What it’s like to start a company with your sister

So, what’s it like to work with your sister?

Of all the questions I’ve gotten this year about Cherry, this is possibly the one I’ve heard the most.

Sibling relationships come in all different varieties, so I understand why people are surprised when they learn that my co-founder is my sister. Here’s my attempt at demystifying our relationship, and why it works:

Why it works:

For me, there are three major advantages to working with my sister (Emily). They are:

  1. History & familiarity
  2. Core trust
  3. Friendship

Bonus: complimentary differences

In 2010, Paul Graham wrote an article for Forbes titled “What We Look for in Founders”. To conclude the article, PG shared an observation about the co-founders of Justin.tv:

“Emmett Shear and Justin Kan of Justin.tv are a good example of close friends who work well together. They’ve known each other since second grade. They can practically read one another’s minds. I’m sure they argue, like all founders, but I have never once sensed any unresolved tension between them.”

I like to think that (given this logic) we have a leg up, because I’ve known my sister since… well, birth.

It’s true that the length of time I’ve known her (almost 25 years) and the amount of time we’ve spent together has lent itself to creating a deep familiarity and understanding between the two of us. Call it “mind reading” if you want to. 🔮

Deciding to start a company was a huge risk — and though nothing really makes that less daunting, it certainly helped that I had already gone through many of the ups and downs of life with Emily. Work puts an additional strain on a relationship, but we had a strong foundation between us to build from. We entered our relationship as business partners with a prerequisite understanding of how the other “worked”. (How does she respond to stress, success, inconvenience, and day to day challenges?)

We’re in sync. And the description from PG feels super accurate here — we certainly do argue, like all founders, but no disagreements or resentments linger beneath the surface. We know how to communicate and resolve conflict which is an interpersonal skill that builds over time, evolving as the relationship (and the people inside it) evolve.

Aside from the length of time we’ve known each other factor — working with a family member comes with an immediate trust.

Of course, not all family relationships work like this. Emily & I are lucky that we trusted each other upfront. When we had our first conversations about starting a company together, there were no underlying anxieties about ulterior motives or hidden agendas. “If you win, I win” was the way that we felt.

But trust is (hopefully!) about more than just knowing someone isn’t going to screw you over. 😅 In the day to day, we feel equal in the work we’re doing, the time we’re investing, and the value we’re both bringing to the table. We employ a “divide and conquer” mentality to a lot of the work that is done. Emily is technical, while I am not. She develops our product, and directs engineering resources while I handle sales and BD. You need a core trust to allow another person to run a huge chunk of your business like that.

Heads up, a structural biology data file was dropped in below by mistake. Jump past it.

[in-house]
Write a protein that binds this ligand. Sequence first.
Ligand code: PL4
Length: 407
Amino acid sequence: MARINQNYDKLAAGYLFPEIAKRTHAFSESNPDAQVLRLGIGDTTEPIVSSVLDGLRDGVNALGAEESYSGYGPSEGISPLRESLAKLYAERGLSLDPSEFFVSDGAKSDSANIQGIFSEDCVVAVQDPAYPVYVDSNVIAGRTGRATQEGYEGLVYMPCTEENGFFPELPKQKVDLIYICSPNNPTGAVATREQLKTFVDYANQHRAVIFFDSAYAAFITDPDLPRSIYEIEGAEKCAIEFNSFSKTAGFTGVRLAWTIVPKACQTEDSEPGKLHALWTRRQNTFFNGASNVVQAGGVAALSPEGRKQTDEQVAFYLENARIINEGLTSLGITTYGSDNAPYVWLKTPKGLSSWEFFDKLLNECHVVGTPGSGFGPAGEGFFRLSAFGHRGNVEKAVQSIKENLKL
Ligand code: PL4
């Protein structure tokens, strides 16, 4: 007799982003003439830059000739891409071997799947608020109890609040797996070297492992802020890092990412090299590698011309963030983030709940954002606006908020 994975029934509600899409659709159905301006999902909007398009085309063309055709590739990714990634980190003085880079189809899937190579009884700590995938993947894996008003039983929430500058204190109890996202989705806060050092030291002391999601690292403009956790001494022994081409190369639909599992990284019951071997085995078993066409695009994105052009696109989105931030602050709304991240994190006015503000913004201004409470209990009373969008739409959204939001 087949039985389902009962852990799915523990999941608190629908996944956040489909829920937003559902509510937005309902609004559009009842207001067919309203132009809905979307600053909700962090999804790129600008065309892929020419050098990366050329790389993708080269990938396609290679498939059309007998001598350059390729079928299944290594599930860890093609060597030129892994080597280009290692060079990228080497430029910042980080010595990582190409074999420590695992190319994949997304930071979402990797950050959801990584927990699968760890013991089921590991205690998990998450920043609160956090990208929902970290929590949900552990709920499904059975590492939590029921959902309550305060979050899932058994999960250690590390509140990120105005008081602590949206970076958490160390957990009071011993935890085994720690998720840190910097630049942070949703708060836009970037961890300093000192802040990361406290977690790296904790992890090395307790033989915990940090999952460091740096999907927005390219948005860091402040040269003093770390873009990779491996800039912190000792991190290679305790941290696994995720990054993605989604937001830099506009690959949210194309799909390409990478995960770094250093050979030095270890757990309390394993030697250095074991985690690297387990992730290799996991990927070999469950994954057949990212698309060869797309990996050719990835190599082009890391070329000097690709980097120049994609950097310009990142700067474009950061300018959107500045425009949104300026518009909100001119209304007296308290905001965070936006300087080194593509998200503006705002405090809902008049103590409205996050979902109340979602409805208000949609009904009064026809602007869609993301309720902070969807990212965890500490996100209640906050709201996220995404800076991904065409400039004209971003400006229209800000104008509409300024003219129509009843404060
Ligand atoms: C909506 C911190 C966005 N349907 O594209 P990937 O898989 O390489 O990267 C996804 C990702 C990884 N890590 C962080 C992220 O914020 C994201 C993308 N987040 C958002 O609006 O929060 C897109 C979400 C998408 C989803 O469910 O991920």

I won’t lie and say that this trust was implicitly as strong as it is now. Trust was always there, but it’s become much stronger as time goes on and we have the opportunity to watch each other shine in our roles, or fail upwards and learn from mistakes.

The best part of working with my sister is that I like her, and we’re friends. We have the same sense of humor, are nostalgic for the same brands, like the same type of music to be playing in our office (Ariana Grande, specifically) and most importantly: we have the same values and vision for the future.

Startup co-founders spend a lot of time together — so much so that it’s often compared to marriage. It helps to work with someone you have fun with, and someone whose opinion you respect.

Friendship enriches the work that we do. This can mean taking 10 minutes to watch Lucas Cruikshank on YouTube and laugh about something that happened that day — or it could mean being a rock: helping to replenish someones energy stores during an especially hard or uncertain time. We take turns being this person for each other. (insert “get you a co-founder who can do both” meme here).

Complimentary differences

Growing up in the same family means that Emily and I have a lot in common.

That said, we’re very different people. We’re similar in the right ways (see: Friendship). But we’re different in the right ways, too.Emily is technical, analytical, objective, and detail-oriented. I have a bias to action, am a “big picture” thinker, and people-oriented.

10% of co-founders end their relationship within a year of starting a business. 45% break up within four years.

I feel extremely grateful that Emily & I are sisters — and that we have the relationship we have. It’s not lost on me how lucky we are to have had 20+ years to build a friendship and develop good communication skills outside the context of our startup, long before deciding to work together.

This is why/how our relationship works, for those who wonder. 👯‍♀️

But now I’m curious — how did you meet your co-founder, and what do you think makes your relationship work? Could you ever imagine working with your sibling? Share your thoughts in the comments below. I’ll be taking notes. 🙃

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Gillian O'Brien

Founder in Residence @ Pilot.com | prev: Founder @startcherry CoS @doverhq | writing about my startup + career journey gillianroseobrien.com